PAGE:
[FREE] Fun Math Games & Activities Packs

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In order to access this I need to be confident with:

Place ValueMultiplying and dividing 10, 100, 1000

Simplifying fractions Equivalent fractionsMixed numbers and improper fractions

Adding and subtracting

Fractions (numerator and denominator)Here you will learn about converting percents to decimals.

Students will first learn about converting percents to decimals in 6th grade math as part of their work with ratios and proportional relationships and will expand that knowledge to solving problems such as finding the whole given a part and the percent or finding the part given the whole and the percent.

This will later be used to find percent increase/decrease in 7th grade.

Converting a **percent to a decimal** is representing the percentage as a decimal without changing its value.

The word “percent” means one part out of one hundred, and you can use this information to express a percent as a decimal.

For example,

\begin{aligned} &25\%=0.25\\\\ &45 \%=0.45\\\\ &33.3 \%=0.33333...\\\\ &80 \%=0.8 \end{aligned}

How does this apply to 6th grade math?

**Grade 6 – Ratios and Proportional Relationships (6.RP.A.3a)**Use ratio and rate reasoning to solve real-world and mathematical problems, for example, by reasoning about tables of equivalent ratios, tape diagrams, double number line diagrams, or equations.

a. Make tables of equivalent ratios relating quantities with whole-number measurements, find missing values in the tables, and plot the pairs of values on the coordinate plane. Use tables to compare ratios.

In order to convert from a percent to a number in its decimal form, you need to:

**Divide the percent by**\bf{100}**.****Clearly state the answer showing ‘percent’ = ‘decimal’.**

Use this quiz to check your grade 4 to 6 students’ understanding of converting fractions, decimals and percents. 10+ questions with answers covering a range of 4th, 5th and 6th grade converting fractions, decimals and percents topics to identify areas of strength and support!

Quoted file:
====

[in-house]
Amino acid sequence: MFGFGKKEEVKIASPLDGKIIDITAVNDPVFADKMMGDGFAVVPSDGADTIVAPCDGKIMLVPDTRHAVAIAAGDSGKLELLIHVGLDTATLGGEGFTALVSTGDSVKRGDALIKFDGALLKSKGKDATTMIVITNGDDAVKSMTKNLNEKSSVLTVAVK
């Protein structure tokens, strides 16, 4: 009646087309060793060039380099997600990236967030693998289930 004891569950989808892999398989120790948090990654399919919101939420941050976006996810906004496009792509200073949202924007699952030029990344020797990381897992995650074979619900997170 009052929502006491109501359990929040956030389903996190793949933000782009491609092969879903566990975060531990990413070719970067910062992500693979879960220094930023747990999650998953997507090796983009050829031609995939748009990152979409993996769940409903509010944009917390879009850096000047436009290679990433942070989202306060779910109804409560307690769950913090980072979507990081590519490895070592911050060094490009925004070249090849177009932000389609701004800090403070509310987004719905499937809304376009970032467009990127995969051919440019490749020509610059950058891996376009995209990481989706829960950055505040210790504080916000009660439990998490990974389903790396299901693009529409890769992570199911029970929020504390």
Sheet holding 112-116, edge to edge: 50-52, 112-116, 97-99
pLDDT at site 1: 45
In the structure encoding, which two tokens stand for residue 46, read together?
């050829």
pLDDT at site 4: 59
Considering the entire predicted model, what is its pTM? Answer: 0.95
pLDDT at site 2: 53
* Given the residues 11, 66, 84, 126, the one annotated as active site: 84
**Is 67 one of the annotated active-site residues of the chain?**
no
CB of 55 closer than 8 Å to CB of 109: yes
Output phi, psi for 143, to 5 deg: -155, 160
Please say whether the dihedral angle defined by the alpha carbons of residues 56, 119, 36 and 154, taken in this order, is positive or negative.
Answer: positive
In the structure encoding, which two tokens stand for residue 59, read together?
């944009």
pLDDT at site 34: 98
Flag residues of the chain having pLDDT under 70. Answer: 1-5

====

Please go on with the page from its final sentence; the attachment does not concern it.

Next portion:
DOWNLOAD FREEUse this quiz to check your grade 4 to 6 students’ understanding of converting fractions, decimals and percents. 10+ questions with answers covering a range of 4th, 5th and 6th grade converting fractions, decimals and percents topics to identify areas of strength and support!

DOWNLOAD FREEConvert 60\% to a decimal.

**Divide the percent by**\bf{100}**.**

You know that the percent sign (\%) means the number is out of 100.

Therefore, if you divide the number (without the percent symbol) by one hundred, you will have the equivalent decimal without having changed its value.

60\% = 60\div100=0.6

If you are not sure how to divide a number by 100, review place value and/or dividing by powers of 10. A summary of the process is below for this example.

When you divide by 100, you move the digits two places to the right. The decimal point does not move.

Here you can see that the 6 has moved from the tens place to the tenths place in the first decimal place.

You can see that the 0 has moved from the ones place to the hundredths place in the second decimal place.

Therefore,

60\div100=0.60=0.6

2**Clearly state the answer showing ‘percent’ = ‘decimal’.**

60\% = 0.6

Convert 8\% to a decimal.

**Divide the percent by ** \bf{100} **.**

8\% = 8\div100=0.08

**Clearly state the answer showing ‘percent’ = ‘decimal’.**

8\% = 0.08

Convert 52.3\% to a decimal.

**Divide the percent by ** \bf{100} **.**

52.3\% = 52.3\div100=0.523

**Clearly state the answer showing ‘percent’ = ‘decimal’.**

52.3\% = 0.523

Convert 4.\overline{2}\% to a decimal.

**Divide the percent by ** \bf{100} **.**

4.\overline{2}\%=4.\overline{2} \div 100

Note: Remember the 2 is a repeating decimal. It will still be repeating indefinitely after being divided by 100.

Example,

0.\overline{2} \div 100=0.00 \overline{2}

Therefore:

4.\overline{2}\%=4.\overline{2} \div 100=0.04 \overline{2}

**Clearly state the answer showing ‘percent’ = ‘decimal’.**

4.\overline{2} \%=0.04 \overline{2}

Convert 145.1\% to a decimal.

**Divide the percent by ** \bf{100} **.**

145.1\% = 145.1\div100=1.451